Tell the story of the “Battle of Jericho”
The shofar call is the oldest known “trumpet music” from human history, with an uninterrupted tradition of over 3,000 years, and the battle of Jericho is a well known biblical story that sheds light on the power and significance of the sound of the ram’s horn for the Jewish people. To play the shofar call, one must be able to master the basics of sound production, articulation, and shifting between harmonic notes, which makes it a great performance goal for a 8-10 week Brass for Beginners course. Also, each part of the shofar call has a different meaning which can be explained and demonstrated by students in performance. Maybe one of your students can demonstrate the call on a shofar?
BfB students performing the Shofar call
Tell the story of the “Pharaoh’s Trumpeters”
The Egyptian šnb (snɛ-hɛb) offers a great deal of subject matter for students to share with an audience. Two of these trumpets, the oldest metal trumpets in existence — whose use is confirmed by iconographical evidence — were found in the tomb of Tutankhamun and have been studied and replicated since they were discovered in 1922. Students can explain how the Egyptians formed the tubing and bell from sheet metal, and can show/play their own šnbs that they have made and decorated in class. (A detailed craft project will soon be made available on “Interdisciplinary Activities” for Chapter 5) The wooden cores found inside the šnbs offer an interesting glimpse into how the Egyptians may have understood the sound of the šnb, as well as its silence when the cores were inserted. And the Egyptian God of the afterlife, Osiris, is believed to be associated with the šnb making for an interesting parallel with the Judeo-Christian tradition of the trumpet being used in end days, to judge the living and the dead. Finally, Egyptian iconography offers the earliest examples of the trumpet being used with drums which provides a great opportunity to incorporate other classroom instruments into performances. Have students decide on topics to share in a performance and create a script, and intersperse with music from “Chapter 5: The Pharaoh’s Trumpeters” or student composed/improvised pieces.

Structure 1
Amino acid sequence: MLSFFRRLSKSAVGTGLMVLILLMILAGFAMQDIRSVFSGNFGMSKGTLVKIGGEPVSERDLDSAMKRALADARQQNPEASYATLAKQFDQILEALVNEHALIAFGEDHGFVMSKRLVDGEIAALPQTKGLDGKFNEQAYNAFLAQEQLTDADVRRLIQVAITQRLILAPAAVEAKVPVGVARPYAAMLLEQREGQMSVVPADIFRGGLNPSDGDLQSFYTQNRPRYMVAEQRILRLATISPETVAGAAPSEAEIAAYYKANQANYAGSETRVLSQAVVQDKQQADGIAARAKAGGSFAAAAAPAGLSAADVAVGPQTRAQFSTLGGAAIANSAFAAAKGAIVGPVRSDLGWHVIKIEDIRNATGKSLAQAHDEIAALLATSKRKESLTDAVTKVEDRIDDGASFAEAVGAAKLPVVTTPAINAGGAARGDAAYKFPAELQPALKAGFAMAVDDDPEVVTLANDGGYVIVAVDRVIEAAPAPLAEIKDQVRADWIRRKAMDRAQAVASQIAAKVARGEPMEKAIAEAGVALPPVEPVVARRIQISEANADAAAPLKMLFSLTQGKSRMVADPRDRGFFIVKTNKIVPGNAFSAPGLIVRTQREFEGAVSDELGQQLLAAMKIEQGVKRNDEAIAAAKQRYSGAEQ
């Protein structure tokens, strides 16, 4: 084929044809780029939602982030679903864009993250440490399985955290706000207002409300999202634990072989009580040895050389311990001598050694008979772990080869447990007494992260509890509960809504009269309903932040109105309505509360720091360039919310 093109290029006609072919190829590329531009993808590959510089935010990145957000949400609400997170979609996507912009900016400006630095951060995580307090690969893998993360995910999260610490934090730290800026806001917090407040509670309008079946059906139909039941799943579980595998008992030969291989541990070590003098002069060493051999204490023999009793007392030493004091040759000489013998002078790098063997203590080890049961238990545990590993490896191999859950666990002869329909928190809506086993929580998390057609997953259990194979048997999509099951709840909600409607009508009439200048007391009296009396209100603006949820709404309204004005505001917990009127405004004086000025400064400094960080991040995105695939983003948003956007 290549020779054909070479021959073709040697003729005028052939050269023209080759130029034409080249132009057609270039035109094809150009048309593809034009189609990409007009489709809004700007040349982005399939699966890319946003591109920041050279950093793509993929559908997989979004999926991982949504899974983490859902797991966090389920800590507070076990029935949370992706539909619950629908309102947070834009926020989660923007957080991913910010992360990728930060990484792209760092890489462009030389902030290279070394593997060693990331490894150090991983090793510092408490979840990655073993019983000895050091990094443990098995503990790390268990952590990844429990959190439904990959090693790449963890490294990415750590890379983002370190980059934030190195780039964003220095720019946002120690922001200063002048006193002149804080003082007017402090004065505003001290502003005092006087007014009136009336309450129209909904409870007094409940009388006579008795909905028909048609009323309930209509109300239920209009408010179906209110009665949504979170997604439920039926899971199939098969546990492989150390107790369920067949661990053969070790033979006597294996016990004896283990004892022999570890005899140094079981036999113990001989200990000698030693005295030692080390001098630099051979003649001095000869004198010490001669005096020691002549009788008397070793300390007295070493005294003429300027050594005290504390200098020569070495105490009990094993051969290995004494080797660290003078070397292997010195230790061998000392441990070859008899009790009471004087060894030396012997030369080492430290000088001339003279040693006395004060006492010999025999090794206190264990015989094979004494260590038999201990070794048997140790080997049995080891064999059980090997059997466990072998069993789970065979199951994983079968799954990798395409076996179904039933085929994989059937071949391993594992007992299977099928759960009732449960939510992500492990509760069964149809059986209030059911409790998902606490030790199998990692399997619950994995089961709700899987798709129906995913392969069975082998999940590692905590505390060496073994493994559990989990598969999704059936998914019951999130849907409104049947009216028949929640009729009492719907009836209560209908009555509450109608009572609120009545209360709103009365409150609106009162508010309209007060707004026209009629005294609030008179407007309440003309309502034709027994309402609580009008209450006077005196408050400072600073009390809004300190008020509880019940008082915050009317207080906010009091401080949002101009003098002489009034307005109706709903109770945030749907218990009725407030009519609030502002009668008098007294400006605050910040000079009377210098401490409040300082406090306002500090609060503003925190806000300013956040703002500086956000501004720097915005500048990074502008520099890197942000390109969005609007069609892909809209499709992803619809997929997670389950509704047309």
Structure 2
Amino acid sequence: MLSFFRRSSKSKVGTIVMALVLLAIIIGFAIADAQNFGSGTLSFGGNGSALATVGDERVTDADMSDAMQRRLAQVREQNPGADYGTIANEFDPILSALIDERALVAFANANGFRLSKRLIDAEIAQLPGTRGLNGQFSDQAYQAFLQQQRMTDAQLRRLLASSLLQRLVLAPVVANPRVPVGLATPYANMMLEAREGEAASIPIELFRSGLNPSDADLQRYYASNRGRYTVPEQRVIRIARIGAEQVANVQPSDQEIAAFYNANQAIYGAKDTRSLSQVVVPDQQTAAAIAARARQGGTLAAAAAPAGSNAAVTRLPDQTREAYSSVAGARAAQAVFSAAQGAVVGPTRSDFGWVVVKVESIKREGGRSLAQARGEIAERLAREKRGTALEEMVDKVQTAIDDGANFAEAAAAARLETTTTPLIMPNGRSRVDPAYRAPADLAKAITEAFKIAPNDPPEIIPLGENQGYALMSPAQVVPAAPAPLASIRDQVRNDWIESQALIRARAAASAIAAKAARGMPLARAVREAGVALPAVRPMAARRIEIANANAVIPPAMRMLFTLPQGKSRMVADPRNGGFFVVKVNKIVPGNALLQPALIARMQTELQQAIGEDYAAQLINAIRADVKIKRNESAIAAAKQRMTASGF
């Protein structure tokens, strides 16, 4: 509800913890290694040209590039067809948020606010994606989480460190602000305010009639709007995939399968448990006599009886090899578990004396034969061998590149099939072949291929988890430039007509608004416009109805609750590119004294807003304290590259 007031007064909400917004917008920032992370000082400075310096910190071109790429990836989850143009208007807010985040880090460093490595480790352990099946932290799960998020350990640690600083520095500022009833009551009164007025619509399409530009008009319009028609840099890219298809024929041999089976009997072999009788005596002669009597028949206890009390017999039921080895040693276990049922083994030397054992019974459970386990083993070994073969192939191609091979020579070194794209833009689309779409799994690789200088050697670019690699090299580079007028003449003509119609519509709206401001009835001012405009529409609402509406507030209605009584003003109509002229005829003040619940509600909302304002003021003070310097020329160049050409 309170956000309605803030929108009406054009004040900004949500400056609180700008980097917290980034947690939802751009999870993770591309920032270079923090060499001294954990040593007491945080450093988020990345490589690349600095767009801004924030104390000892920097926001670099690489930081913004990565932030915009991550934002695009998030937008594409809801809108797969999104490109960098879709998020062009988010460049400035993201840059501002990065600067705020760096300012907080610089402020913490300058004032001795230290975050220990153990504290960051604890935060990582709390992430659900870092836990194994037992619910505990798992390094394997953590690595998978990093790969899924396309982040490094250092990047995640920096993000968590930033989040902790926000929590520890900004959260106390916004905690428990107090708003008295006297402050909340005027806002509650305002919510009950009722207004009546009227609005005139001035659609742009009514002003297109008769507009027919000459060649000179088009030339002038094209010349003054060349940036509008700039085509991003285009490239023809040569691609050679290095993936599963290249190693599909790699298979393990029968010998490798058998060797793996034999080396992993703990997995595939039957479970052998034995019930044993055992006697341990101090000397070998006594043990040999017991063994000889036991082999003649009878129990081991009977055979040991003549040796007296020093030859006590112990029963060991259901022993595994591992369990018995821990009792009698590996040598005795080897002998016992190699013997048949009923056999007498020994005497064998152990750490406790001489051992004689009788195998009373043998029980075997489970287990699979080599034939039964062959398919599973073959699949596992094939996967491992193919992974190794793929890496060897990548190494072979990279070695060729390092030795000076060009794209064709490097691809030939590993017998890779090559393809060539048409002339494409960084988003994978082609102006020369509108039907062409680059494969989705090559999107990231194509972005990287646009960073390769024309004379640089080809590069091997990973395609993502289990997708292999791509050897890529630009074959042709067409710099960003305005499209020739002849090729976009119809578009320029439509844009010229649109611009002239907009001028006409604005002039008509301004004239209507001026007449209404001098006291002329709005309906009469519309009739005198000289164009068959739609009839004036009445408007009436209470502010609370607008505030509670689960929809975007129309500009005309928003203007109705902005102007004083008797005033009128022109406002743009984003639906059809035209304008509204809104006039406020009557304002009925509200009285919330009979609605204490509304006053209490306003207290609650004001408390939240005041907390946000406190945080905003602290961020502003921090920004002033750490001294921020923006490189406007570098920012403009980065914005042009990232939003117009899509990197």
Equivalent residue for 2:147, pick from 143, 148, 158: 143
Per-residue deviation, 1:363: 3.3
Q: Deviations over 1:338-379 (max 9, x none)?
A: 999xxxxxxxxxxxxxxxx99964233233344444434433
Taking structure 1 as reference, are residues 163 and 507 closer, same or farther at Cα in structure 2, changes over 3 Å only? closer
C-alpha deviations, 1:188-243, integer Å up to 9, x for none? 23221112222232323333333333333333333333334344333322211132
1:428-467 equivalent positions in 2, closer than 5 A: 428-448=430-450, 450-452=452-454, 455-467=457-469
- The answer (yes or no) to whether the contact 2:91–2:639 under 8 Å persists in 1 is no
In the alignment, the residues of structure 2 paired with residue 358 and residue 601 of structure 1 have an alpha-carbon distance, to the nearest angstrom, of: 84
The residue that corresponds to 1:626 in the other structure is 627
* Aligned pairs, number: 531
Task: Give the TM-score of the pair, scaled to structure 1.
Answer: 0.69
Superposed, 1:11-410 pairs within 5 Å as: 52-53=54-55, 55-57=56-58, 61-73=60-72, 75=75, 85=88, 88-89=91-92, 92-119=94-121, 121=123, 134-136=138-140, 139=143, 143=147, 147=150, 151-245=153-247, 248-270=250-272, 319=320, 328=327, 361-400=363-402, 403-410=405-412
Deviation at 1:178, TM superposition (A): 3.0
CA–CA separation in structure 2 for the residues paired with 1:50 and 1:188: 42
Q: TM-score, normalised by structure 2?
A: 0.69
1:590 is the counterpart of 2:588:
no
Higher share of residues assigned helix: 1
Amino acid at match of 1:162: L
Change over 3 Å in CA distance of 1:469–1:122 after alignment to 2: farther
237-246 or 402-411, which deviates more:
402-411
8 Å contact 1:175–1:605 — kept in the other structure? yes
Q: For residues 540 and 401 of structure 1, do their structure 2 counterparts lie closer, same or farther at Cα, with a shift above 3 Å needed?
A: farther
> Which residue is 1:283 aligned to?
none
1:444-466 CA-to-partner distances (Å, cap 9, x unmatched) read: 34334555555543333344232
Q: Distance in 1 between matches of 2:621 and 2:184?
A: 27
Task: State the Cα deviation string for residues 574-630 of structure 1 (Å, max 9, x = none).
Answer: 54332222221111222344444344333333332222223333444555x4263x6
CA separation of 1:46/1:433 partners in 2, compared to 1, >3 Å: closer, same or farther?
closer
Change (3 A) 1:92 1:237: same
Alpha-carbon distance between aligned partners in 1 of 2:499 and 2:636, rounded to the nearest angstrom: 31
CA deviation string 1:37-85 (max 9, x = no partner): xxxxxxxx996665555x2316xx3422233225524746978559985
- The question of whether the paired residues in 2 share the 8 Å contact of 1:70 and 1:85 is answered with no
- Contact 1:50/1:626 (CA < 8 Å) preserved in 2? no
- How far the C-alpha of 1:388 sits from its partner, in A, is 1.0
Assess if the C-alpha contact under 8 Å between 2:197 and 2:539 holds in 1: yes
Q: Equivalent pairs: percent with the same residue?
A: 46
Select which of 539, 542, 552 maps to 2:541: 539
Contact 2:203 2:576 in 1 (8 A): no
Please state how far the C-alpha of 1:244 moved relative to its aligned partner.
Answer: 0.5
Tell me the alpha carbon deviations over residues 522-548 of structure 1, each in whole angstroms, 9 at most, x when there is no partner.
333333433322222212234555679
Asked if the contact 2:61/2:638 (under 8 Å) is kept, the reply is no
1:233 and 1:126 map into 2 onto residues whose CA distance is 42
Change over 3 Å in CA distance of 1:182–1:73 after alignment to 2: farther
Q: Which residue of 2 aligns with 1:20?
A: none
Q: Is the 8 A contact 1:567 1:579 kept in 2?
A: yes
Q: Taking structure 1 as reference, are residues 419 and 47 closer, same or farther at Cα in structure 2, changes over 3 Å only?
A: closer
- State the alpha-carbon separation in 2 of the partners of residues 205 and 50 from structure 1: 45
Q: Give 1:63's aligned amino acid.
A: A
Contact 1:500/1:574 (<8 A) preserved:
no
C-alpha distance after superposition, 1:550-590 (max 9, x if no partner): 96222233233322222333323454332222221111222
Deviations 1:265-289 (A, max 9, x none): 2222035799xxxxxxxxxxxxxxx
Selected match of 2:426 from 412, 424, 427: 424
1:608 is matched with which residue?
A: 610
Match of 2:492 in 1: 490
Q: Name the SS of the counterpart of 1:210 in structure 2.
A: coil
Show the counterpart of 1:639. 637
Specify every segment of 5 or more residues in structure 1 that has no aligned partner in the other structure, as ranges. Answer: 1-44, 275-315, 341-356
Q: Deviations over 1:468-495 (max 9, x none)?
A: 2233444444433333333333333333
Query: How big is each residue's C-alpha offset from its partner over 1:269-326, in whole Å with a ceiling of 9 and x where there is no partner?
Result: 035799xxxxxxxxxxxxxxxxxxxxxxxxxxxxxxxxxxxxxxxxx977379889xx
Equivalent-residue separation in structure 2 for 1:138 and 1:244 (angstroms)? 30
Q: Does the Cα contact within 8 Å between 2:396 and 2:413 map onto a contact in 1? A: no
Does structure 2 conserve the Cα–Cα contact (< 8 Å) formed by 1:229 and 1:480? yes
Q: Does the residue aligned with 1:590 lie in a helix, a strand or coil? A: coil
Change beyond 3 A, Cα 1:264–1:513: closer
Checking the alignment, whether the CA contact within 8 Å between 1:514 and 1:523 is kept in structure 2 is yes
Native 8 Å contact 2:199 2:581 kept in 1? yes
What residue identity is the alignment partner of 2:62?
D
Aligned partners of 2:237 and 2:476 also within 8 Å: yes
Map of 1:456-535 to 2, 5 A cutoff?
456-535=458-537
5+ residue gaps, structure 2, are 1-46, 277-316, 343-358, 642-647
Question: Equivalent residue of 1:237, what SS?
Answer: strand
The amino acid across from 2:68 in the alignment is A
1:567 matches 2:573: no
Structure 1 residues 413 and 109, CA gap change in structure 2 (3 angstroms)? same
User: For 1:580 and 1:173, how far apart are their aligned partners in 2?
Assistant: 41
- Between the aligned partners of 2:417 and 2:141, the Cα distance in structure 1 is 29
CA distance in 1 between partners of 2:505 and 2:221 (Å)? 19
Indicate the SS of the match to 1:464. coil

BfB students performing music from “Chapter 5: The Pharaoh’s Trumpeters”
Tell student-authored stories from “Chapter 6: Ragnar’s Trumpet Treasure Hunt”
Chapter 6 offers unique opportunities to get students involved in the creative process. It tells the story of Ragnar following ancient trade routes and sailing across seas in search of trumpets around the globe. Have students choose one of the trumpets Ragnar encounters, research the instrument and its context, and write their own version of Ragnar’s story. (This activity will be described more thoroughly in “Interdisciplinary Activities” for Chapter 6). Then ask students to compose music to fit their story and rehearse with the group for performance. Some of these examples offer possibilities of exploring other performance techniques, such as variable tone color with circular breathing as used in playing both the Irish Bronze Age horns and the didjeridu. Other examples offer opportunities to incorporate other classroom instruments into the arrangement; for example, the Han Chinese Long horn is shown in iconography with other instruments, including flutes, drums, and cymbals, in the form of a military band in procession.